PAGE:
This is a very simplified way of saying that the real culprits behind the recent E. coli outbreak aren’t the ones the authorities are pursuing. Rather than scouring the earth for errant greenery, a  more permanent solution to industrial food outbreaks would be to dismantle the industrialized food system completely (starting with CAFOs or Concentrated Animal Feeding Operations, née factory farms), and replace it with a more localized, decentralized food system that’s more resilient, more robust and more adaptable to uncertainty.

This, of course, although seemingly the most logical solution, is so untenable that it’s barely even discussed as a viable option—in part, perhaps, because it may not be viable, since one drastic, albeit well-intentioned, move in our complex, interrelated global apparatus might ignite a host of negative unforeseen reactions.

As Bill Marler comments in Mark Bittman’s insightful piece in The New York Times:

What you can say is that cows fed DDGs” – distillers’ grains with solubles, a by-product of distillation, including ethanol production, which I’ll write about at some point – “may have a higher level than cows that weren’t fed them. If you’re anti-CAFO” (Concentrated Animal Feeding Operations, or factory farms) “and anti-corn subsidies, you jump from that study to ‘get rid of this and you get rid of e-coli,’ and it would be great if things were that simple but they’re not.”

Nothing’s that simple anymore. We live in a very uncertain world, the complexity of which makes it that much more uncertain. You don’t dismantle a house of cards by starting with its foundation, which is a partial explanation to why most pundits and experts, even when attempting to address the fundamental problems with our present food system, rarely go past offering topical solutions for dealing with the present outbreak (irradiation, anyone?).

So What?

It would appear that we’ve come upon an impasse for trying to effectively and meaningfully handle crises like the E. coli outbreak. As the 2008 banking crisis demonstrated, the most fundamental solutions to systemic problems – let the banks fail, let the automakers tank, ban factory farms – often amount to the end of not only the separate systems these big institutions have corrupted, but the very civilization that undergirds them. There’s no Charlie Trotter’s or McDonald’s or Subway or even Chipotle’s (and the jobs that come with them) without the industrialized food system; there’s no food aid to poor countries without the industrialized food system; there’s no supermarket without the industrialized food system; in fact, there’s not enough food, period, to support some seven billion people without the industrialized food system. At least for now.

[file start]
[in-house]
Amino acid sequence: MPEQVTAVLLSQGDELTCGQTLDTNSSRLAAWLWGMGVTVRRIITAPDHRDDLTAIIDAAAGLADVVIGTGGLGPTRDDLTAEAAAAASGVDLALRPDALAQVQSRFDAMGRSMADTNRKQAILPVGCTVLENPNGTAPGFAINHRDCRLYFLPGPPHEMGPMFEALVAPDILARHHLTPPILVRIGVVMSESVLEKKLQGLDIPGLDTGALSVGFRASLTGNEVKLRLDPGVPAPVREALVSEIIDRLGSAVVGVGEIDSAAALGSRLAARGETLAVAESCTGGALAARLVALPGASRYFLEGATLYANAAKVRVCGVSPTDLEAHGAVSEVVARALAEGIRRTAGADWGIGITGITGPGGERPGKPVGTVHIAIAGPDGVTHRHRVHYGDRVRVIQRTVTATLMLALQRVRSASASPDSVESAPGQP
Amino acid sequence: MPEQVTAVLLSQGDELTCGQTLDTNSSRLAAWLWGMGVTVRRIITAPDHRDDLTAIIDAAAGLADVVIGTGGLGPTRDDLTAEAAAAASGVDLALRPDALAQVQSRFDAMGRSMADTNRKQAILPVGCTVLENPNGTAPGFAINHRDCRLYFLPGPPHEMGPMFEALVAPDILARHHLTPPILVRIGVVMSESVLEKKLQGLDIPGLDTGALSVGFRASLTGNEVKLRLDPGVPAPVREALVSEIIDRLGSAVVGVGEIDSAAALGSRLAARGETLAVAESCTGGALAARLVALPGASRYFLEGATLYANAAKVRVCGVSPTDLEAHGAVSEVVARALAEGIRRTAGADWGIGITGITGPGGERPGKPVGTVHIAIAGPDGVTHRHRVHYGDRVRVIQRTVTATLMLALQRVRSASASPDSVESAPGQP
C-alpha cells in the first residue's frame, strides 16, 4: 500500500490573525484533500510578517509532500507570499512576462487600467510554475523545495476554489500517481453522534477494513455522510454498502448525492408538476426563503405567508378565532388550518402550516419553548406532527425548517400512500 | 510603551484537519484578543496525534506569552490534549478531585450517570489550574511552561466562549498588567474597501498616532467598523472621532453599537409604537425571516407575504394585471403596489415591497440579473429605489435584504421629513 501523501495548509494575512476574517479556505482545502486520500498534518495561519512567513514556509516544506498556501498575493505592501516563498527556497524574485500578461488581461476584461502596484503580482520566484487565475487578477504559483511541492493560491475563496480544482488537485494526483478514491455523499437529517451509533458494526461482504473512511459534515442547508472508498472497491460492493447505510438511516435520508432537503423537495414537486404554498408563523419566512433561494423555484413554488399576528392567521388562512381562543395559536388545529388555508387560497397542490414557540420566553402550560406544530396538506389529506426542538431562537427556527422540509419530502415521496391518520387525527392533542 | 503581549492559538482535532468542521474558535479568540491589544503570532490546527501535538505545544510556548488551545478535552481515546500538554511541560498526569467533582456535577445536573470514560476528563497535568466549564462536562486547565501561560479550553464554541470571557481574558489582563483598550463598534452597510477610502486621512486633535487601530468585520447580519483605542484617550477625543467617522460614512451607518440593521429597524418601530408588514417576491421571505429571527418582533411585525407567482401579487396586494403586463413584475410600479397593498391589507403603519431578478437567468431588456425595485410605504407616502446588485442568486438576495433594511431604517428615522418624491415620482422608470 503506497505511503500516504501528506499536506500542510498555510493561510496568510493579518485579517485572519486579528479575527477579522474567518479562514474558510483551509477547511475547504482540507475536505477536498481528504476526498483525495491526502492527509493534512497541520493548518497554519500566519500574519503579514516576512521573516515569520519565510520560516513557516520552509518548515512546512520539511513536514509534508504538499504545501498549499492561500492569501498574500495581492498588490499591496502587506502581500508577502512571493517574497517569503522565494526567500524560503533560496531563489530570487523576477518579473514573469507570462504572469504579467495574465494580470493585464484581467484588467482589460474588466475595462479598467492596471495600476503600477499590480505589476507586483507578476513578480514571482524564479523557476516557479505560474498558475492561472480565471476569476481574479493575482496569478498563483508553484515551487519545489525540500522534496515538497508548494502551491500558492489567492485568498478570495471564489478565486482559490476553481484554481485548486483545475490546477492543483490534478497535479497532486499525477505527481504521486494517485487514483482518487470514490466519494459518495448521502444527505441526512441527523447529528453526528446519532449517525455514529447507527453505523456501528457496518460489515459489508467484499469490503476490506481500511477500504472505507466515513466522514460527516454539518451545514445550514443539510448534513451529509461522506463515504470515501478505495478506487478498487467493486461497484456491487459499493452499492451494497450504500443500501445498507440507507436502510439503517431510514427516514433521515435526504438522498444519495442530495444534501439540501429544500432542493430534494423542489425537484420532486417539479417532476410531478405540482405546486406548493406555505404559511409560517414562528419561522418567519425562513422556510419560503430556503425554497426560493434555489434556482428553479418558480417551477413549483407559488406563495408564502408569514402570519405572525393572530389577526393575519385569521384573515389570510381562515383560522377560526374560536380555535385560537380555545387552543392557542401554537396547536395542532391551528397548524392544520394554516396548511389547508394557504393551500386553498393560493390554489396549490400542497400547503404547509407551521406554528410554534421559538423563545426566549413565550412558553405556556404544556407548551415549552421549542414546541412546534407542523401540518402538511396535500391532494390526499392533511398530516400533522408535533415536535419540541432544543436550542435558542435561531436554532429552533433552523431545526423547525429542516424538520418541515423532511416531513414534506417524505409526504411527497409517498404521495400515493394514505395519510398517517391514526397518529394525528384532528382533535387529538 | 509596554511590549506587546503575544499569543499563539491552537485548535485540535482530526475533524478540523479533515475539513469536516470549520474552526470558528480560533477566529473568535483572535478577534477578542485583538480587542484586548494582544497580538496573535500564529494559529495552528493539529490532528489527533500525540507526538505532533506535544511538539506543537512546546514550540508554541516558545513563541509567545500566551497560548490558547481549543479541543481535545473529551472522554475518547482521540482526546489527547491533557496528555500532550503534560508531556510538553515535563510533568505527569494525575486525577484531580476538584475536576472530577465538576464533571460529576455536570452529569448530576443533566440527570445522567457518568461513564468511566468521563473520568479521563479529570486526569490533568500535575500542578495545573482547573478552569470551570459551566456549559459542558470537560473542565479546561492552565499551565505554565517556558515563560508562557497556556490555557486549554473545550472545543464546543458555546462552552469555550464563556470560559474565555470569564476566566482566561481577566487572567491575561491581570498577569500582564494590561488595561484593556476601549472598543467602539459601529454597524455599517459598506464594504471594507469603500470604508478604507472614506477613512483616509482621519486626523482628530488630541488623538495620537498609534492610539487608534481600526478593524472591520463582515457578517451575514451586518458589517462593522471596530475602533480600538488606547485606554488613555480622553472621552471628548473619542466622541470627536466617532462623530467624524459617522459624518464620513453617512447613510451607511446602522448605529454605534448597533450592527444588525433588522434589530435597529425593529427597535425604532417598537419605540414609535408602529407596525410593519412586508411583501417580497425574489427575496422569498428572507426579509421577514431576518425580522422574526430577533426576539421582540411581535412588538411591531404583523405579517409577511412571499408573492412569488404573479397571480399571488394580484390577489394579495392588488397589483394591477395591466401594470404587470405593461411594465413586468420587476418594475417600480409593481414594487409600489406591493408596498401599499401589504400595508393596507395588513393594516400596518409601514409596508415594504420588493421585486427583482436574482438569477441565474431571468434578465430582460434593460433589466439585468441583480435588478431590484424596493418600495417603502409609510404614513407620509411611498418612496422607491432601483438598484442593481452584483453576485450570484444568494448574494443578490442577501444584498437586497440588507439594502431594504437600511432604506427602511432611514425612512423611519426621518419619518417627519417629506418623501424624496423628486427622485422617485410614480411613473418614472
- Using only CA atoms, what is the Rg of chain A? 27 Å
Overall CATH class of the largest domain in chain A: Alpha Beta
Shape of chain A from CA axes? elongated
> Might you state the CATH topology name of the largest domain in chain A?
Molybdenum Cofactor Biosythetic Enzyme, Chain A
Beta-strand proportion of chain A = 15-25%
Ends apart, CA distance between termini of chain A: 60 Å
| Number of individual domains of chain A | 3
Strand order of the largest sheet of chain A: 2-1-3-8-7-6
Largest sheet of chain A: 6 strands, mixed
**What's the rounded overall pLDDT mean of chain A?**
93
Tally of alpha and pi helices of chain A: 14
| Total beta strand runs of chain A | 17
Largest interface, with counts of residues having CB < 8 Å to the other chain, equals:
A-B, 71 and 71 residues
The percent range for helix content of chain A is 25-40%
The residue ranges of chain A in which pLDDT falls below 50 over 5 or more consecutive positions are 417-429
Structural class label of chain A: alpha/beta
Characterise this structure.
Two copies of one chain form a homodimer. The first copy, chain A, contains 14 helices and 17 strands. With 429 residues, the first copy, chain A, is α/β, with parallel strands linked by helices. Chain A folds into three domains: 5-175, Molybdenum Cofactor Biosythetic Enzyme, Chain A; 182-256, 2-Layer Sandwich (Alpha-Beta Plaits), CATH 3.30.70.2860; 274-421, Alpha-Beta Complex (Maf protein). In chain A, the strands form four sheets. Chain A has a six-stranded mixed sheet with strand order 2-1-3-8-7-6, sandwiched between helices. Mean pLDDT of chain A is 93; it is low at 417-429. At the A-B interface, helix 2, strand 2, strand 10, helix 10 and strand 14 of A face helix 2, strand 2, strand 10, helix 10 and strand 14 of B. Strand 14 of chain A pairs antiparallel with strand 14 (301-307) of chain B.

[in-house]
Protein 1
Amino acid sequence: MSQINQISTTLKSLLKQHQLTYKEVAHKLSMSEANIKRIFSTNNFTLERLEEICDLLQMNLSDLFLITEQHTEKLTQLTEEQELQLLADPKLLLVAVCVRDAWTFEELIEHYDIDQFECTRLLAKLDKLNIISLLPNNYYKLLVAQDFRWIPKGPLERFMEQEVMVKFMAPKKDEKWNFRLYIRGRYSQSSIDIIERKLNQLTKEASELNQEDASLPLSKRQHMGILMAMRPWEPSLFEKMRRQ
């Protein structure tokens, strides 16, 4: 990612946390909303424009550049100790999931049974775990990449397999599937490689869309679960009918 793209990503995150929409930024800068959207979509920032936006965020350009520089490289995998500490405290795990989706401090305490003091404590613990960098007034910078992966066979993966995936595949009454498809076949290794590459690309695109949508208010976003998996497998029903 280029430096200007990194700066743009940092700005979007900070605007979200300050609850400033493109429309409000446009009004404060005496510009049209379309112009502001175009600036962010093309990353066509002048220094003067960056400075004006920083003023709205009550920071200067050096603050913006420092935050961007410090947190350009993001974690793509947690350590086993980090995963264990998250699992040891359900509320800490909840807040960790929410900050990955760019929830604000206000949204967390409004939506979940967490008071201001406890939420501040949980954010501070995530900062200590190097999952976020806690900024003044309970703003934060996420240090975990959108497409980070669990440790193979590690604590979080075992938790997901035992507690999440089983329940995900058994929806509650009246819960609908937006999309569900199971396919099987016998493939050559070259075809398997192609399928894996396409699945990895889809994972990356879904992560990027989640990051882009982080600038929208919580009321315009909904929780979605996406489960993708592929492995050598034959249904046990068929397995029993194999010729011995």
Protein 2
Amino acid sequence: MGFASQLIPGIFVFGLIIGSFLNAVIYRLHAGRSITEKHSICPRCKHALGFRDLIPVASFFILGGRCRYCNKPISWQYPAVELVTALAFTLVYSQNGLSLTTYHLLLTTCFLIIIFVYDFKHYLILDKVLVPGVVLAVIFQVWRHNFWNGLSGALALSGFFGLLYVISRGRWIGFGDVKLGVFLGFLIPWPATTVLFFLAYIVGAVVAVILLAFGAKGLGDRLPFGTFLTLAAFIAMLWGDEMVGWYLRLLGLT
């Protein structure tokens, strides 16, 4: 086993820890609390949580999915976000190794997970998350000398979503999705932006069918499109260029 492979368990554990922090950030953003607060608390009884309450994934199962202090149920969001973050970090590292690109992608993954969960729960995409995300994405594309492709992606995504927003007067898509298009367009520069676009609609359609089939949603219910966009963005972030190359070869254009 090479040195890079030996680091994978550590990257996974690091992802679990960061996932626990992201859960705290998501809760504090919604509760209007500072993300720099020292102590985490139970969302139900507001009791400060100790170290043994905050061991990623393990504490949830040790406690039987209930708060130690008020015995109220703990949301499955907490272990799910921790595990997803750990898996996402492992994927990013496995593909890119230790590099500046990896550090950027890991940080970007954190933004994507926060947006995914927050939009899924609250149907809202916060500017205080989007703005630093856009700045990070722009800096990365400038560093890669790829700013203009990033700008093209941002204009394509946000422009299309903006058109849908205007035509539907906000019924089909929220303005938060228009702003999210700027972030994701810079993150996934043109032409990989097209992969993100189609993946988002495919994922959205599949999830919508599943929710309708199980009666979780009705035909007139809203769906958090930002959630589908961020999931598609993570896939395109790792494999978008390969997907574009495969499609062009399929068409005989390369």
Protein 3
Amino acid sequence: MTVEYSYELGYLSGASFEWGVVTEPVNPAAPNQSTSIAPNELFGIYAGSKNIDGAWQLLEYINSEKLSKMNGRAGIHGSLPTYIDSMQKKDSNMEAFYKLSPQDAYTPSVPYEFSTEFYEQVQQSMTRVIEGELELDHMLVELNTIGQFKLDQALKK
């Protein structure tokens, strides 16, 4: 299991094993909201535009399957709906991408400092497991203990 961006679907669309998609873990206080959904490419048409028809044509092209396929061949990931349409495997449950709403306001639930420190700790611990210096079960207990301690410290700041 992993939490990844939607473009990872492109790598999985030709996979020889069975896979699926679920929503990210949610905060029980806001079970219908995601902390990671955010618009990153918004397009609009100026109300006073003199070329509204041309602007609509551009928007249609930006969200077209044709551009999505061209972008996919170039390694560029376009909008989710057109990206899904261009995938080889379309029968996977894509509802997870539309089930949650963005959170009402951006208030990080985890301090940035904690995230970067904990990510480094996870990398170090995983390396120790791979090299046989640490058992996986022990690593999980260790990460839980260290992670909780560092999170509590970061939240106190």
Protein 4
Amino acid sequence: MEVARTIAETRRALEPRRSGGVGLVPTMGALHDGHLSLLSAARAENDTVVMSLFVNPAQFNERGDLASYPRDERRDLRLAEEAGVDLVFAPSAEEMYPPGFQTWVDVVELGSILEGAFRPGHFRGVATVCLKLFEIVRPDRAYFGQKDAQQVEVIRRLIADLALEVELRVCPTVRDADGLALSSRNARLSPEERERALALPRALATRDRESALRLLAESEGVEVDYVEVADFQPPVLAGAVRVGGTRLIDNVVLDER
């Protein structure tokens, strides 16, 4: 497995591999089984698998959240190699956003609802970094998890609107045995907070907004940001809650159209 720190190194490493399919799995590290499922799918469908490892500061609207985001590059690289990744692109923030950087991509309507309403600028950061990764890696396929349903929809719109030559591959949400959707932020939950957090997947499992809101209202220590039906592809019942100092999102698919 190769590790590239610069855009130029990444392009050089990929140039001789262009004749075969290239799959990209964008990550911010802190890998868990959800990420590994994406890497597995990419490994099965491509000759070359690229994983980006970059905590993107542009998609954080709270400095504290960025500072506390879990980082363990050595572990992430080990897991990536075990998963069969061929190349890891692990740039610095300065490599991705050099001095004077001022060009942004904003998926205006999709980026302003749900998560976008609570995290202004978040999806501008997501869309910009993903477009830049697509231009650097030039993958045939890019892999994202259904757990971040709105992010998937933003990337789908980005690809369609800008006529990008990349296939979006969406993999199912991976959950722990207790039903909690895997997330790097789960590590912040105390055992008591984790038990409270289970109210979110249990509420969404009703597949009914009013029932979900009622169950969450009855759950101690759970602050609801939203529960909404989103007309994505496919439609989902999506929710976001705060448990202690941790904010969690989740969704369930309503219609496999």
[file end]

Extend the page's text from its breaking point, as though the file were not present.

But would-be problem-solvers aren’t completely hopeless. Just because we can’t viably dismantle the entire industrialized food system tomorrow doesn’t mean that we can’t call for measures that seek one), to dismantle the system strategically and carefully over the long-run and in stages that would allow us to absorb the consequences and two), represent sustainable, robust and workable alternatives to the system that was phased out. This means subsidizing organic and/or locally-grown and/or hormone- and antibiotic-free food producers, while taxing big industrial producers whose operations sicken the earth and the people who live on it.

This is the logic behind certain energy policies. We’ve seen the consequences of carbon dioxide in the environment and there’s a critical mass of world decision-makers who at least tacitly admit that something should be done. Hence, the carbon and sulfur taxes for big industrial polluters and subsidies for clean, alternative energy producers.

And yet, instead of being subsidized, organically grown bean sprouts get punished for a problem that large-scale meat producers unleashed. The problem will only mushroom (pun intended) until big meat producers are made to pay the real costs of their mistakes, which will only become deadlier and more frequent as the global appetite for steak and sirloin grows exponentially each year.

Jorge Guerrero/AFP/Getty Images

Spanish cucumbers, once considered along with German bean sprouts to be a likely suspect in the recent outbreak in Germany of a particularly deadly new strain of E. Coli, have been acquitted on all charges, the BBC reported last week. In light of the acquittal, the cucumbers are suing for defamation and demanding to be compensated for the approximately €200 million in expected revenues lost.